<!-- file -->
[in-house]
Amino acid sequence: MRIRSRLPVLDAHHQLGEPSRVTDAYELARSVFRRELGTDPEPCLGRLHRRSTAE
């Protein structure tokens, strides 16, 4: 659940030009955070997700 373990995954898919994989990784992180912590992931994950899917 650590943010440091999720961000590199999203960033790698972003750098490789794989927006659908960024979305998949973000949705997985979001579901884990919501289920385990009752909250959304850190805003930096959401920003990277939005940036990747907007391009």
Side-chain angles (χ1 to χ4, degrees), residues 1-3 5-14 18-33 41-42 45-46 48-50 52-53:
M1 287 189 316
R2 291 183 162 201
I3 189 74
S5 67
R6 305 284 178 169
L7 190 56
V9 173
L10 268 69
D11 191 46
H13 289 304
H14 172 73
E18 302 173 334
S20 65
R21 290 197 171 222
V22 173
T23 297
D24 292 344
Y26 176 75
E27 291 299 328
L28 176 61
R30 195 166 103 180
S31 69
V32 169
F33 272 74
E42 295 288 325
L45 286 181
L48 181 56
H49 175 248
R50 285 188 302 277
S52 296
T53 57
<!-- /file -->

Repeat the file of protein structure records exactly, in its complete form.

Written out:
[in-house]
Amino acid sequence: MRIRSRLPVLDAHHQLGEPSRVTDAYELARSVFRRELGTDPEPCLGRLHRRSTAE
């Protein structure tokens, strides 16, 4: 659940030009955070997700 373990995954898919994989990784992180912590992931994950899917 650590943010440091999720961000590199999203960033790698972003750098490789794989927006659908960024979305998949973000949705997985979001579901884990919501289920385990009752909250959304850190805003930096959401920003990277939005940036990747907007391009």
Side-chain angles (χ1 to χ4, degrees), residues 1-3 5-14 18-33 41-42 45-46 48-50 52-53:
M1 287 189 316
R2 291 183 162 201
I3 189 74
S5 67
R6 305 284 178 169
L7 190 56
V9 173
L10 268 69
D11 191 46
H13 289 304
H14 172 73
E18 302 173 334
S20 65
R21 290 197 171 222
V22 173
T23 297
D24 292 344
Y26 176 75
E27 291 299 328
L28 176 61
R30 195 166 103 180
S31 69
V32 169
F33 272 74
E42 295 288 325
L45 286 181
L48 181 56
H49 175 248
R50 285 188 302 277
S52 296
T53 57